the museum of Acquapendente constitutes a 'integrated system museum' which is divided into 3 exhibition venues (Palazzo Vescovile, Torre Julia de Jacopo and Pinacoteca di San Francesco) located along the road axis that coincides with the crossing of the via Francigena, still today the backbone of the urbanistic plant of the village. The museum has as main purpose to develop the territorial identity through the finds that testify the history, art and culture. Among the main aims those didactic-experimental, with a vocation for scientific research and teaching in schools.
The Palazzo Vescovile contains two distinct collections (civic and diocesan level) that coexist in a single environment. Located in environments of the Old Sacristy of San Francesco (formed in the spaces of the cloister), the Art Gallery houses one of the collected more conspicuous in the territory of Viterbo and contains a part of the works coming from the neighboring convent of the Friars Minor Conventual of San Francesco.
The Torre Julia de Jacopo instead is the oldest site of the three structures of the Museum of the city of Acquapendente. In the medieval castle, located on two levels, exhibition areas are located the collections ceramics the most valuable of the territory. The exhibits cover a chronological arc is sufficiently homogeneous that part from the first half of the thirteenth century until the first decades of the fifteenth century. As regards the medieval ceramics manifests itself a strong dominant of closed forms on the open ones, while the decorative motifs reveal a predominance of vegetable theme on the geometric (but there is no lack zoomorphic motifs or religious).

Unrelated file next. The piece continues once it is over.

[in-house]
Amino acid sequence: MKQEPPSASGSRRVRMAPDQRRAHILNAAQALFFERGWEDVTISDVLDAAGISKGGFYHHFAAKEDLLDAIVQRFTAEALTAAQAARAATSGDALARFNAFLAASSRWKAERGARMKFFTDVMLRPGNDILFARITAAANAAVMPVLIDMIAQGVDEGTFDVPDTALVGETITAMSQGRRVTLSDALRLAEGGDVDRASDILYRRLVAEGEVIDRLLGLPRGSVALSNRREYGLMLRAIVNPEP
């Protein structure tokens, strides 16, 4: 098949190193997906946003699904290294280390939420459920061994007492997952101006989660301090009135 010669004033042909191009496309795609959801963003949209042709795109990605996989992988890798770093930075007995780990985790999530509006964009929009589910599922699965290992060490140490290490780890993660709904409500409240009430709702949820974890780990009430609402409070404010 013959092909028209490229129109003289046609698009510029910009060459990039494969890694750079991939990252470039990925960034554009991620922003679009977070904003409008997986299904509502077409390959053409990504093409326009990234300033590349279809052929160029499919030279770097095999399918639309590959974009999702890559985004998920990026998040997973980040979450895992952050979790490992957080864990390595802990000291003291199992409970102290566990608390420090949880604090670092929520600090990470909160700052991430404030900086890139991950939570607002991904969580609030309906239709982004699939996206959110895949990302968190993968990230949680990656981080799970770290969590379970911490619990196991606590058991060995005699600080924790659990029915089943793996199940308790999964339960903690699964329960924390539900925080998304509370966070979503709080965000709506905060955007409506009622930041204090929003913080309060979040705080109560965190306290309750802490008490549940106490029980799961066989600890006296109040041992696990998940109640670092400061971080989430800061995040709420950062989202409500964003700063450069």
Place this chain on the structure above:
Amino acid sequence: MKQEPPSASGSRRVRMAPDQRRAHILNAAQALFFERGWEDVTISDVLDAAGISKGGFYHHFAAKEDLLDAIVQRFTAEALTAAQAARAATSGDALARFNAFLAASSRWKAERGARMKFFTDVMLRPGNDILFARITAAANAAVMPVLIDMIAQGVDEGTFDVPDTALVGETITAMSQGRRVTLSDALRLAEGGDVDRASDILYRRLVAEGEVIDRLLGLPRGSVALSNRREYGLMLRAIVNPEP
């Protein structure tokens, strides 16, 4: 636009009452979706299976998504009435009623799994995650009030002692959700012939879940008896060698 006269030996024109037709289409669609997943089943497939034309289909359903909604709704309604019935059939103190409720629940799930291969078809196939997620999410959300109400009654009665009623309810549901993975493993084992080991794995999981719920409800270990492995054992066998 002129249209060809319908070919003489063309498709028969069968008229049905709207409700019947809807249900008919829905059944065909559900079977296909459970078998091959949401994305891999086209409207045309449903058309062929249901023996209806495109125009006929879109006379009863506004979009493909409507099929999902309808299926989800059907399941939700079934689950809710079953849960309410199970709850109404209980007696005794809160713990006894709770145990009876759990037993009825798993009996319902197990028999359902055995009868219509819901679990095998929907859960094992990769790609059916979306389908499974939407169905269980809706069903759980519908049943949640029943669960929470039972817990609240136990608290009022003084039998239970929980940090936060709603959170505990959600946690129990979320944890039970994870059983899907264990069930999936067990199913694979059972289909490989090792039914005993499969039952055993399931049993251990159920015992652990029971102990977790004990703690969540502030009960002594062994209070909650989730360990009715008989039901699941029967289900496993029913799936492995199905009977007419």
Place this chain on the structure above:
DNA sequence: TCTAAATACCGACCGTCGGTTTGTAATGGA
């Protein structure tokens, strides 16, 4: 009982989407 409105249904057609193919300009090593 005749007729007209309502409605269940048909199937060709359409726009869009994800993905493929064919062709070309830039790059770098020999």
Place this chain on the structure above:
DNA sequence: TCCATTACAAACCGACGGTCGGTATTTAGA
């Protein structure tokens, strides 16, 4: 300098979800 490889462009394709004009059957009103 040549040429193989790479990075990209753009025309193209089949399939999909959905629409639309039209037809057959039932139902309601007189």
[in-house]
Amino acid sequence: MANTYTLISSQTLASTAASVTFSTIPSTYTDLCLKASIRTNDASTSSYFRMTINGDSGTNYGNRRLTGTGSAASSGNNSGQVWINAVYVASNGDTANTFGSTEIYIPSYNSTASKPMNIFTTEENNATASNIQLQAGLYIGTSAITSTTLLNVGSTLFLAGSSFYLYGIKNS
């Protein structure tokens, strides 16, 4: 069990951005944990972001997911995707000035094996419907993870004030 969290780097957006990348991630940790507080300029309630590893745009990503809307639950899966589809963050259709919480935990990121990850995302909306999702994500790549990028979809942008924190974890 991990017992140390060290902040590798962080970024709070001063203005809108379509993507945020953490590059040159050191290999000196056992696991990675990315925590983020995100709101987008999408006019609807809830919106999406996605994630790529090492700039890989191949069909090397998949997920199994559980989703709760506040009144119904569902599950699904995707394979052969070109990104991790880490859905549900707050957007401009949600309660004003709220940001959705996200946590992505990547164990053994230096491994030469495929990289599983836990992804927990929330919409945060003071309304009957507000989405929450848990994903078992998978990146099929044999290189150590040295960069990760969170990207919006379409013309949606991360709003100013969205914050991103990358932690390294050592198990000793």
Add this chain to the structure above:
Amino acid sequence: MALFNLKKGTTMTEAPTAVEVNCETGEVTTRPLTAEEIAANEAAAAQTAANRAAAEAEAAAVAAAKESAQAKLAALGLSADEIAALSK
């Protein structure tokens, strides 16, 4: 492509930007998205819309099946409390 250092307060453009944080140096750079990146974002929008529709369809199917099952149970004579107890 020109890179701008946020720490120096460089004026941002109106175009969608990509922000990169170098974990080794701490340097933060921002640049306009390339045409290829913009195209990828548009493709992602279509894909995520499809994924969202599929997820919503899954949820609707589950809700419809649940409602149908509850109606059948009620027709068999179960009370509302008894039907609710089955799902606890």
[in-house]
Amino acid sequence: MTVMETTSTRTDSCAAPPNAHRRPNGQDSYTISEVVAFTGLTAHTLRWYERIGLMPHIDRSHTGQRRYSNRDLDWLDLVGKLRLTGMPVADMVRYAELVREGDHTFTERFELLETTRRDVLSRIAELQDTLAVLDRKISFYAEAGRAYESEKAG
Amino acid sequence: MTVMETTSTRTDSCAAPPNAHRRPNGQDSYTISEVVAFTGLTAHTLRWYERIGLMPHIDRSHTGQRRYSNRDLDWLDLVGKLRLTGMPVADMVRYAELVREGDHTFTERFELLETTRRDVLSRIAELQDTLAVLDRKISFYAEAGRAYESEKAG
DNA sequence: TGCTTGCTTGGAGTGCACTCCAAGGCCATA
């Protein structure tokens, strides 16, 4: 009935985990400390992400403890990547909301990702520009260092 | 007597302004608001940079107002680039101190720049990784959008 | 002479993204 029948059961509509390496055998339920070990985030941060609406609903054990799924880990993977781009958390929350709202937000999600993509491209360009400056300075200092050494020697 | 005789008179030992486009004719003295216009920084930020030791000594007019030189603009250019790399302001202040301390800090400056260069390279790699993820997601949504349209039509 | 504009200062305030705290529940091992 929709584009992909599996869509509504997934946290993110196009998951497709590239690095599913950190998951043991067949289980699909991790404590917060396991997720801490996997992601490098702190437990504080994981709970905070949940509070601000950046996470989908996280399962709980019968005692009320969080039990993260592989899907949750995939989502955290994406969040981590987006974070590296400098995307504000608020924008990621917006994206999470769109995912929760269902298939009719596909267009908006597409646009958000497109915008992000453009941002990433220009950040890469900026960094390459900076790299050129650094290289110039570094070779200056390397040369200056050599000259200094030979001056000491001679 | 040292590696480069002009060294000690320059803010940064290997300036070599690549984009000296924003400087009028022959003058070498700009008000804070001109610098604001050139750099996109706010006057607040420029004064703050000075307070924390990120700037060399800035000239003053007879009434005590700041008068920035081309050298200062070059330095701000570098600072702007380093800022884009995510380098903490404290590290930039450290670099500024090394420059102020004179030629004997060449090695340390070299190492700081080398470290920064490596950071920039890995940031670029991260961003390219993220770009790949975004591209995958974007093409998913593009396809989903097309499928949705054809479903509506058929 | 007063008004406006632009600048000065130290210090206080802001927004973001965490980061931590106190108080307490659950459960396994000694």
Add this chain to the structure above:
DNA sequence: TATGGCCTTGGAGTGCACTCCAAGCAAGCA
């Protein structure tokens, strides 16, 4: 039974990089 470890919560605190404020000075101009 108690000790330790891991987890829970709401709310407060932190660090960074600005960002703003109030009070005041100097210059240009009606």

From the middle of the XIV century the decorative patterns tend to simplification, until the appearance of the heraldic reasons and epigraphical. It is these years the introduction of anthropomorphic reason, with representations of female faces; always of this period are the figurative scenes that relate to the themes of love friendly. Both the morphology of the finds both the figurative repertoire are categorized as "high-Lazio", where converge both Roman influences both of neighboring areas of Umbria and Tuscany (even if it must be reaffirmed the typological specificity and decorative in these specimens).